Kinder Surprise eggs, which have caused salmonella infections in a number of European countries, are evidence of a failure of food safety controls. That’s what Foodwatch says. The interest group calls it a “food scandal” and wants to improve the diet.
Foodwatch says it’s taking a long time for companies to react to potential dangers. Products are only recalled when they have already been consumed and so it is too late. Therefore, consumers are at risk of ingesting contaminated products.
In many European countries, people have become ill after eating products that come from the Belgian factory where Kinder Surprise eggs are also made. Manufacturer Ferrero announced on Wednesday that it will remove related products from shelves in the Netherlands. There may be a link between chocolate made in the Belgian factory and salmonella infection.
It is not yet clear whether chocolate caused salmonella infection in our country. The National Institute of Public Health and the Environment (RIVM) received two reports of young children already infected in February by salmonella bacteria. A spokesperson for the National Institute of Health and Virology said: “Laboratory research has indicated that it relates to the same strain that can be seen in outbreaks elsewhere in Europe, but we do not know what these children ate.”
Earlier, the Belgian food safety agency FASFC called on consumers not to eat certain Ferrero products as a precaution. Residents in Great Britain have also been urged not to take Kinder Surprise for an indefinite period.
Dutch consumers are now also advised not to eat the chocolate in question and to contact customer service for a refund. In addition to Kinder Surprise, they include Kinder Schokobons, Kinder Happy Moments, Advent Calendar, and Mix Peluche. The manufacturer has published the best dates before each product, which are mentioned on the respective batches. They come from a factory in Arlon, Belgium.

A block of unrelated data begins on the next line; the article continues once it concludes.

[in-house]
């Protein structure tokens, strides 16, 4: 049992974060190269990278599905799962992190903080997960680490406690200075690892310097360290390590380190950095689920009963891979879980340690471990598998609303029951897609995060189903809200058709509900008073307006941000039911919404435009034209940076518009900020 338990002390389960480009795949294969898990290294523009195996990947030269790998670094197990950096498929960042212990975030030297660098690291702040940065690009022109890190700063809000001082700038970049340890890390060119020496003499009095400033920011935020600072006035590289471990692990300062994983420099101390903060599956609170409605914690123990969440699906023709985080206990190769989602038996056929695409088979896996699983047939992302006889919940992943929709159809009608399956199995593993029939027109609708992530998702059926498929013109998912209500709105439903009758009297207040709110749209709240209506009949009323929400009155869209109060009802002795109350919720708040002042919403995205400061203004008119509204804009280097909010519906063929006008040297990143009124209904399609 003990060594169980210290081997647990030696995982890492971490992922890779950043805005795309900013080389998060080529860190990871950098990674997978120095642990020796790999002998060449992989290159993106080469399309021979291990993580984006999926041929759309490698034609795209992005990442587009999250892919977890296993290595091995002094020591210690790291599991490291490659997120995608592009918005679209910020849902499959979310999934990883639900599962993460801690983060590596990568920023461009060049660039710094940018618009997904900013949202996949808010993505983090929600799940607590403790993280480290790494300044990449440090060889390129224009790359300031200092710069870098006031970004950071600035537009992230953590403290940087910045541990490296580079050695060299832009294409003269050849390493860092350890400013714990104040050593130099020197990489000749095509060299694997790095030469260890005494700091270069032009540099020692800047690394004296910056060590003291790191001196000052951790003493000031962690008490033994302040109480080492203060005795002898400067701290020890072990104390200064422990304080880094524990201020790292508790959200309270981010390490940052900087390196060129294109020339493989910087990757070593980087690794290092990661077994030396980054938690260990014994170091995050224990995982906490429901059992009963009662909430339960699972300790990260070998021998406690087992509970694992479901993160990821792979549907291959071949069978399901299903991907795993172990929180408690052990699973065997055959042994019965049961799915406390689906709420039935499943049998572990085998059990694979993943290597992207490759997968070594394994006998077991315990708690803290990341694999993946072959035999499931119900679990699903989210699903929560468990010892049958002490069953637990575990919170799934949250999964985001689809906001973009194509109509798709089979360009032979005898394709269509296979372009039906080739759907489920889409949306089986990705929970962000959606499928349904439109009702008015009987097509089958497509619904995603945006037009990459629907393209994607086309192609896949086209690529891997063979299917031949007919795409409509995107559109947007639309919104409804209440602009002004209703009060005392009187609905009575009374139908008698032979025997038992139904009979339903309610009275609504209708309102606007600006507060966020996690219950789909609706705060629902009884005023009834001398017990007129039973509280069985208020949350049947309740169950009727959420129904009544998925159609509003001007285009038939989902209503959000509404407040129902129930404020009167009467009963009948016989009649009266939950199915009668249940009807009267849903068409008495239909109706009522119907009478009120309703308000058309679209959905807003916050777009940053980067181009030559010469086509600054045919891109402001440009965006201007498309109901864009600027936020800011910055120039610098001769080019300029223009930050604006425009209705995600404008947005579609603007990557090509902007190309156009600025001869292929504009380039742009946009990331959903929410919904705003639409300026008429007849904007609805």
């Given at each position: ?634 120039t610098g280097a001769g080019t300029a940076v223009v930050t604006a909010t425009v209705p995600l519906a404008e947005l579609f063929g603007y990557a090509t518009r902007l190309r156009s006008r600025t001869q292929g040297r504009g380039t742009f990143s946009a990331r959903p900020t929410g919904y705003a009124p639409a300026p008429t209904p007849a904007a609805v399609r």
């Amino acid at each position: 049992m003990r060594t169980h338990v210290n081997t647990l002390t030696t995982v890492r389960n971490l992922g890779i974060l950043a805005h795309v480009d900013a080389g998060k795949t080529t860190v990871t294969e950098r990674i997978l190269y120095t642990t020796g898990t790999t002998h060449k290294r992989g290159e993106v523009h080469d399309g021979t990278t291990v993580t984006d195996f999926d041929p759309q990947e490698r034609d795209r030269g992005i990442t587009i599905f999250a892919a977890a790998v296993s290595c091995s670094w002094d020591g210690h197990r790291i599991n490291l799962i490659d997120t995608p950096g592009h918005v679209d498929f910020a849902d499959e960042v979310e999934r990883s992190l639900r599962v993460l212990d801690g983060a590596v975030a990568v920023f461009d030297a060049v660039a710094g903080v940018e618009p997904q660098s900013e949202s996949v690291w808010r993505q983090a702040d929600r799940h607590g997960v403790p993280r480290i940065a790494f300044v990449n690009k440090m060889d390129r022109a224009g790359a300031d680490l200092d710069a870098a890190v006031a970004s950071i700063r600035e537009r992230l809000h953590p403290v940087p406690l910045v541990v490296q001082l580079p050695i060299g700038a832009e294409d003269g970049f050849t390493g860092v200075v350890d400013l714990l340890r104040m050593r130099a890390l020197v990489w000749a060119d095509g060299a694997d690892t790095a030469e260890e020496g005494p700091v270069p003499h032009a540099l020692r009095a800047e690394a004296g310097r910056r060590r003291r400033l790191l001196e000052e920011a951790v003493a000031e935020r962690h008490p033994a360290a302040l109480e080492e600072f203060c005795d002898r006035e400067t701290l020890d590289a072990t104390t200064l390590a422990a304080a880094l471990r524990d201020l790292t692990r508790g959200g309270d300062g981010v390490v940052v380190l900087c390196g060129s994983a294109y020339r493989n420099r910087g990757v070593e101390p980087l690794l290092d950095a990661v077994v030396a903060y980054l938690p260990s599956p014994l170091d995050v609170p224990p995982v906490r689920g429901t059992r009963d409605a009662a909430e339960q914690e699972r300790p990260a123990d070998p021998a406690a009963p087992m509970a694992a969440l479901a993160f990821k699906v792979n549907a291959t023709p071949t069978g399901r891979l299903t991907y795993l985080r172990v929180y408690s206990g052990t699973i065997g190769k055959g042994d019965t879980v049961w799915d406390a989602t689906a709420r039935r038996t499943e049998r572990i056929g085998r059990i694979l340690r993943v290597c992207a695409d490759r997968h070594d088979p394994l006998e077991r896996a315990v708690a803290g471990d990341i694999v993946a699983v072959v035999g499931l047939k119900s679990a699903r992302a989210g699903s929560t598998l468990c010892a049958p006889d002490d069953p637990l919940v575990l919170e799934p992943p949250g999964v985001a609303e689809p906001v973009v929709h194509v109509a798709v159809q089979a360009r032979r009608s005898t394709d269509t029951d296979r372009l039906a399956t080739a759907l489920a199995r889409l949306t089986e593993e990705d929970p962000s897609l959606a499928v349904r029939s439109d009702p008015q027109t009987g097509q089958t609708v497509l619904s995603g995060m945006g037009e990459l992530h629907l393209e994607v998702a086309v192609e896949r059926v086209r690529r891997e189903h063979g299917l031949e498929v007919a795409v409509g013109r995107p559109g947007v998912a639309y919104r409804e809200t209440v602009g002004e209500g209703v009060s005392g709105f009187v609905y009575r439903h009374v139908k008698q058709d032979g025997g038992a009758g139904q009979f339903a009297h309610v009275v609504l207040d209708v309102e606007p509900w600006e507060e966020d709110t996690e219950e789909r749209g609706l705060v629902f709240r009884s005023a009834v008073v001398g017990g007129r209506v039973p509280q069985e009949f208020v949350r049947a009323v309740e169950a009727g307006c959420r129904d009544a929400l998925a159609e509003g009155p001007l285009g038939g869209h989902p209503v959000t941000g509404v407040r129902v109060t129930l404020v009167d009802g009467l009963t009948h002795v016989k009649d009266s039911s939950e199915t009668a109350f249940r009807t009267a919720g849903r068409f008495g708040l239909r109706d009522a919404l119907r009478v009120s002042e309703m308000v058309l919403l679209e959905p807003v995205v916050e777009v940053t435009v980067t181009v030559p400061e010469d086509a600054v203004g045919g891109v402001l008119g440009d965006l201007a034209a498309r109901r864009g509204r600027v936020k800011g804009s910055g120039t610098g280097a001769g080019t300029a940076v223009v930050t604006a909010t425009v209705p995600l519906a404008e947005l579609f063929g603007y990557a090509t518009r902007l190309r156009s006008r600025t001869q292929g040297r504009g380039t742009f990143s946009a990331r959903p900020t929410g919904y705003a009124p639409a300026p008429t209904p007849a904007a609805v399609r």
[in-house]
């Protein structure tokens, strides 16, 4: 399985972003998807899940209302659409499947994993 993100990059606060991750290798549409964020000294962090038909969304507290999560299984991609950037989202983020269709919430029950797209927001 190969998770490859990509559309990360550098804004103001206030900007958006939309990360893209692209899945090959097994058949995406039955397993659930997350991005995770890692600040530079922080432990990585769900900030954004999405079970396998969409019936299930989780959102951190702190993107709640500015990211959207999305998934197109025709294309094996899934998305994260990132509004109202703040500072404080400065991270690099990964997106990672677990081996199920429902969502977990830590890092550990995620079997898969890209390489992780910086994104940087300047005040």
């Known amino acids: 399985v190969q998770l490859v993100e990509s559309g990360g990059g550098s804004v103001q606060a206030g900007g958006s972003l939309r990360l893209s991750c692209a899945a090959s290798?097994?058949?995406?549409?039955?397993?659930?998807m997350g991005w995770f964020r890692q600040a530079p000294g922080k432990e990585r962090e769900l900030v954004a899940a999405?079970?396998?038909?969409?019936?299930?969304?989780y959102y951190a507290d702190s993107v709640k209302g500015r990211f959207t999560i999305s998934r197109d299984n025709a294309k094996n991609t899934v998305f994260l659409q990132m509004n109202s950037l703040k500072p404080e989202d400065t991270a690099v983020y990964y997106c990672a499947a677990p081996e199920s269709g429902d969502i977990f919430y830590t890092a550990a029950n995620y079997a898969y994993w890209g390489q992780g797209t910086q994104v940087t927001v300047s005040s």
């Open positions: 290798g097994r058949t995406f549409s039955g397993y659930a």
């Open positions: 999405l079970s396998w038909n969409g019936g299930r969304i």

“We have not received any complaints from consumers in the Netherlands,” Ferrero said. “Also, none of our baby products that have been put on the market have been tested for salmonella infection with salmonella. However, we take this very seriously, because consumer care is our top priority. We are working with retailers to ensure that these products are no longer They are for sale and are being withdrawn. We take food safety very seriously and are sorry for this.”
The Dutch Consumer and Food Safety Authority (NVWA) also advises people not to eat chocolate from the shipments in question. “NVWA ensures that buyers of these products in the Netherlands withdraw the products from the market,” the regulator said.
More than sixty people in Great Britain have been infected after eating the well-known surprise eggs, which are produced at the Ferrero factory in Arlon, Belgium. There are currently sixteen confirmed cases linked to the outbreak in our southern neighbours, according to a report by the Flemish organization FAVV.
There are currently 125 known cases across Europe. In Sweden, for example, there are four confirmed cases. British media earlier reported 63 cases in the UK, and the Irish Food Agency is talking about ten cases in Ireland. In France there are 21 patients.
What is salmonella?
Salmonella is a bacteria that can cause salmonella infection. There are different types of salmonella. The serotypes Enteritidis (S. Enteritidis) and Typhimurium (S. Typhimurium) are responsible for the majority of infections in humans in recent years.
Salmonellosis is a common infection that in most cases heals without treatment. In some cases, salmonellosis can become more serious. In case of severe symptoms, you should consult a doctor who can start treatment.
Possible symptoms of salmonellosis infection are fever, abdominal cramps, and diarrhea within 6 to 72 hours after eating contaminated food. Young children, pregnant women, people with poor resistance, and the elderly are at greater risk of developing symptoms.
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